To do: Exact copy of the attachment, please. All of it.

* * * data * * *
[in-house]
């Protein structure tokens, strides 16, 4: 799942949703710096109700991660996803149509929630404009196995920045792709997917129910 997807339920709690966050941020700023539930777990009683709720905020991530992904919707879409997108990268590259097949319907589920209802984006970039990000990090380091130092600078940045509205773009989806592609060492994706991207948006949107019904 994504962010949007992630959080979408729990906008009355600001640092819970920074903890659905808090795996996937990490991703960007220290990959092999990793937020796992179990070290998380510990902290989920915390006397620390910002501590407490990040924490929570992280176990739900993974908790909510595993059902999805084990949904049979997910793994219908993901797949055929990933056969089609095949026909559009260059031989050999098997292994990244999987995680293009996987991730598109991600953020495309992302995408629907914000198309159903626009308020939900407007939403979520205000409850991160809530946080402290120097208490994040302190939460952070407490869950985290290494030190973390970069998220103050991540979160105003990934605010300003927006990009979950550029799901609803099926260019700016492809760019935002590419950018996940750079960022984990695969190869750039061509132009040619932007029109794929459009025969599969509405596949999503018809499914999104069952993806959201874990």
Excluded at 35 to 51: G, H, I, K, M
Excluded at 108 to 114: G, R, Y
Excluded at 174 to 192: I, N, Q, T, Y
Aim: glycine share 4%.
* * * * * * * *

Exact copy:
[in-house]
């Protein structure tokens, strides 16, 4: 799942949703710096109700991660996803149509929630404009196995920045792709997917129910 997807339920709690966050941020700023539930777990009683709720905020991530992904919707879409997108990268590259097949319907589920209802984006970039990000990090380091130092600078940045509205773009989806592609060492994706991207948006949107019904 994504962010949007992630959080979408729990906008009355600001640092819970920074903890659905808090795996996937990490991703960007220290990959092999990793937020796992179990070290998380510990902290989920915390006397620390910002501590407490990040924490929570992280176990739900993974908790909510595993059902999805084990949904049979997910793994219908993901797949055929990933056969089609095949026909559009260059031989050999098997292994990244999987995680293009996987991730598109991600953020495309992302995408629907914000198309159903626009308020939900407007939403979520205000409850991160809530946080402290120097208490994040302190939460952070407490869950985290290494030190973390970069998220103050991540979160105003990934605010300003927006990009979950550029799901609803099926260019700016492809760019935002590419950018996940750079960022984990695969190869750039061509132009040619932007029109794929459009025969599969509405596949999503018809499914999104069952993806959201874990």
Excluded at 35 to 51: G, H, I, K, M
Excluded at 108 to 114: G, R, Y
Excluded at 174 to 192: I, N, Q, T, Y
Aim: glycine share 4%.